Cranky? Not sleeping well? Not making gains in the gym? This could be the reason why.
We live in a society where it has been drilled into our brains that the best way to achieve our dream body is with fewer calories and not more. But why is nobody talking about the dangers of severe calorie restriction when there are so many people doing it? And if it worked, why are millions of people in the U.S. still spending millions of dollars on different diets to find their answer even after calorie restriction?
The signs and symptoms of undereating
Undereating has many negative symptoms such as low energy levels, overactive thirst, hyper focus on food, a lack of hair and nail growth, anger and a lack of ability to sleep.
We recognize that many of you reading this love to exercise — and you may be part of a group of people who are at risk for underfeeding, since calories may be restricted paired with a high energy output. Read on to see if you are experiencing any of the symptoms that can occur from underfeeding and how to remedy it in a healthful way.
Your weight is not budging
Probably the most frustrating part of chronic underfeeding is when weight loss is just not happening and, in some cases, you even start to gain. This can happen specifically for those that have been on a low-calorie diet for a long time or have been over-exercising. You probably have heard some people say that eating too few calories puts you in so-called “starvation mode.” Welp, they may be right. Eating too little activates the anti-starvation system, which helps your body hold onto fat whenever possible because it sees nutrition being scarce and does not want you to… well, starve.
It is a known fact that when you start losing weight, your metabolism slows because your body is getting smaller and smaller bodies burn fewer calories. But it turns out that many people experience an additional metabolic hit not directly related to being in a smaller body. In fact, the number of calories you burn during the day can drop by as much as 40 percent, which in turn may not help you lose weight, but also gain it! Another symptom that can decrease your chances of losing weight is decreased muscle mass from protein malnutrition, which can decrease overall metabolism and increase hunger hormones, causing you want to eat more post-underfeeding.
Your energy levels are tanking
Probably the first sign of underfeeding for most people is fatigue. Calories are our source of fuel and without them, our blood sugar levels can tank. So, the energy you once felt in spin class will definitely start to decrease even if you have been going consistently.
You may be more like to snap at your co-worker or spouse (i.e. you are hangry)
Serotonin is the brain chemical linked to both mood and appetite and when glucose levels drop in our bodies, our brains are not immune to that either. Serotonin levels drop and there is also a level in self-regulation. So, someone may need to get out of your way until you get lunch!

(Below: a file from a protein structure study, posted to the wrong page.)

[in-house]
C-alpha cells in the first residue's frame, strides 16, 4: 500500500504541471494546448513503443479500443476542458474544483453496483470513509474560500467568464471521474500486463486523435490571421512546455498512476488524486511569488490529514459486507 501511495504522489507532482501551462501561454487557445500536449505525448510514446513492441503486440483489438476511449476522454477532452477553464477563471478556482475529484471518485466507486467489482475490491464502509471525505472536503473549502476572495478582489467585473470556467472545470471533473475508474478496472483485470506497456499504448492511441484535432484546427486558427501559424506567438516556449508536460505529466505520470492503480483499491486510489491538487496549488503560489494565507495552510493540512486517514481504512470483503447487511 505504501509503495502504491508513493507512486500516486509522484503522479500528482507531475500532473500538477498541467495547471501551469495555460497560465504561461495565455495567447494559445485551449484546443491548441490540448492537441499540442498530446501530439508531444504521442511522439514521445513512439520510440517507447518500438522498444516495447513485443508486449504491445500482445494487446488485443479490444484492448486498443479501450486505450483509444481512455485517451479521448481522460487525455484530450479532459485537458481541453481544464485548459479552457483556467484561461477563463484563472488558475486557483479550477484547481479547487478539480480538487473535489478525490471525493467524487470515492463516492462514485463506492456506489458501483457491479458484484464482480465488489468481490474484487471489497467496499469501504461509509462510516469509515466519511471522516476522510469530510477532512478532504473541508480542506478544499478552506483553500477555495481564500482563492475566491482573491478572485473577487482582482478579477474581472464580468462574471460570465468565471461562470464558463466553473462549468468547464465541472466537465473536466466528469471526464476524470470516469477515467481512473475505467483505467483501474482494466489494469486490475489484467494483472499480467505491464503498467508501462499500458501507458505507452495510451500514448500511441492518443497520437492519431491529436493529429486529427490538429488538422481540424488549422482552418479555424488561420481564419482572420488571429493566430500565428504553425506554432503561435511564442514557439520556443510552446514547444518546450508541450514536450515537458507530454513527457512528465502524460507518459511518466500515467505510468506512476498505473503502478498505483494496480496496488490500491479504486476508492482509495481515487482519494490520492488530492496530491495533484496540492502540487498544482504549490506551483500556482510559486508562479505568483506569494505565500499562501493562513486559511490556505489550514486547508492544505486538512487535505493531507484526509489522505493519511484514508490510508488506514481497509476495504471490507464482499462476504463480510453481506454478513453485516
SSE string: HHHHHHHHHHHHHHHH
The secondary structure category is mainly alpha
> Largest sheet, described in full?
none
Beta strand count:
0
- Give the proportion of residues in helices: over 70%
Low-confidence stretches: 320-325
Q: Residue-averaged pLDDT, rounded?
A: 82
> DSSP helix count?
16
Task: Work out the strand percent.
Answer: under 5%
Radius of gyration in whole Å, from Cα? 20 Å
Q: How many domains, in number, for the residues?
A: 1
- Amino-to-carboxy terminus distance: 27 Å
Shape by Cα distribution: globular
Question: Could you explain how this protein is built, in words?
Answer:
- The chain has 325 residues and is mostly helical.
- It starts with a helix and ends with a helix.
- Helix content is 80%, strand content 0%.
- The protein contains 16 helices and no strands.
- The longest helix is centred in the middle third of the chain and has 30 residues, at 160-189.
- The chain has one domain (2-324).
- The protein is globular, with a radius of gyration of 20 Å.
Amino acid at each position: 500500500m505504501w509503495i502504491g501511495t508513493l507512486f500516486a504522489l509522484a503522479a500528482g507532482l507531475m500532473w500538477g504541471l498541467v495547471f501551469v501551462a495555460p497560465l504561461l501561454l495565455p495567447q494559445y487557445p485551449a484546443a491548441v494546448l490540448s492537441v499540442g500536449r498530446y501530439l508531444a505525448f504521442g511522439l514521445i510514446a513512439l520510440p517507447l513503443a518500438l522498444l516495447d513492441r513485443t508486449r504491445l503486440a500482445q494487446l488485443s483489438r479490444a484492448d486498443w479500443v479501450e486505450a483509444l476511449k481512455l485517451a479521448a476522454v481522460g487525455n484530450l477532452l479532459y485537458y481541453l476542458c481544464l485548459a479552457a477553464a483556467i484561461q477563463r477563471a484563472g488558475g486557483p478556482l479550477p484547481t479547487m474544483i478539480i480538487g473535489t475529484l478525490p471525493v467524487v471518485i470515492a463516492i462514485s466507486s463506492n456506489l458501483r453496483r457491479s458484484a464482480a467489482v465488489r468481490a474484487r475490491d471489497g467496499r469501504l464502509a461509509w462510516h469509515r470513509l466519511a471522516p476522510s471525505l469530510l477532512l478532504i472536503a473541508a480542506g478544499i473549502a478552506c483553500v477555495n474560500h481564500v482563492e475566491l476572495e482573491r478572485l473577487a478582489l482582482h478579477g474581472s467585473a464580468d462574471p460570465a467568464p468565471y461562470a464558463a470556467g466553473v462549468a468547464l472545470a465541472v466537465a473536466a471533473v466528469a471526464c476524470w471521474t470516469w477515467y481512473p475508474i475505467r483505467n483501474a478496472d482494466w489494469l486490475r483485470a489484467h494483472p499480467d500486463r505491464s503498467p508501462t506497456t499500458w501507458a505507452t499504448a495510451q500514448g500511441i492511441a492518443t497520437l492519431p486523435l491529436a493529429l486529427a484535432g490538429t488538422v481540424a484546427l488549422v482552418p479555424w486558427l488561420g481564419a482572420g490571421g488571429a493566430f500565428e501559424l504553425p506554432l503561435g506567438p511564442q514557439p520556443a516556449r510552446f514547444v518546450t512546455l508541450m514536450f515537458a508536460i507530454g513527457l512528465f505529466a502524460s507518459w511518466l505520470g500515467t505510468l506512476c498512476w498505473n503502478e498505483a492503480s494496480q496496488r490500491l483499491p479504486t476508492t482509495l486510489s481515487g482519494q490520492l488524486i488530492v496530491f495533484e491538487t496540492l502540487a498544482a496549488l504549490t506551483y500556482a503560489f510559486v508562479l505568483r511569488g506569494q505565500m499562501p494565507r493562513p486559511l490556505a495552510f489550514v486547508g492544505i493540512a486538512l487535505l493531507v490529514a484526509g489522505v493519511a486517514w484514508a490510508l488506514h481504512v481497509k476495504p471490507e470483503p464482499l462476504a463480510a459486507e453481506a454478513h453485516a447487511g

You often feel very thirsty
Chronic underfeeding can mean you are not getting enough electrolytes and to top that off with sweating in your daily workouts, you could be lacking these highly important electrolytes which help hydration stay regulated in the body.
Your hair, nails and skin look drab and just are not growing
This is mainly due to protein malnutrition. Proteins are the building blocks (i.e. amino acids) that make up your hair, nails and even skin.
All you think about is food, 24/7
Probably the most well-known study out on starvation showed that those with restricted calorie intake think about food all the time. This can range from just excitement for your next meal to a completely debilitating feeling that takes over your existence to the point that those with eating disorders can experience.
Okay, so how many calories do you need?
Finding out the exact amount of calories you need can be very difficult, but there are some simple strategies to find estimates of your calorie needs based on your height, weight, age and activity level. Dietitians and medical professionals use the Mifflin St. Jeor equation as the gold standard to determine how many calories you need at rest. From there, you can use an activity factor to determine estimated total needs.
Here’s how it looks in an equation:
(10 x weight (kg)) + (6.25 x height (cm)) – (5 x age (years) + 5)
Here’s how it looks in an equation:
(10 x weight (kg)) + (6.25 x height (cm)) – (5 x age (years) -161)
This determines what amount (your BMR) you do not want your calorie needs to go below.
Then, if you want to add in activity, you would multiply your BMR by an activity factor.
Basic Activity Factor
1.2: If you are sedentary (little or no exercise) = BMR x 1.2
1.375: If you are lightly active (light exercise/sports 1-3 days/week) = BMR x 1.375
1.55: If you are moderately active (moderate exercise/sports 3-5 days/week) = BMR x 1.55
1.725: If you are very active (hard exercise/sports 6-7 days a week) = BMR x 1.725
1.9: If you are extra active (very hard exercise/sports & physical job or 2x training) = BMR x 1.9
This would give you a sweet spot amount of calories to start with if you want to get to a maintenance level of calories. Applications that allow you to log your food are also a great tool to assess calorie intake and compare.
So, if you have been on a low-calorie diet, exercising like a fiend, started the Whole30 with a friend or anything else that may threaten your calorie intake, we suggest listening to your body cues and making sure you don’t go too far. Work with medical professionals who can guide you and make sure you are eating in a healthy way to meet your goals.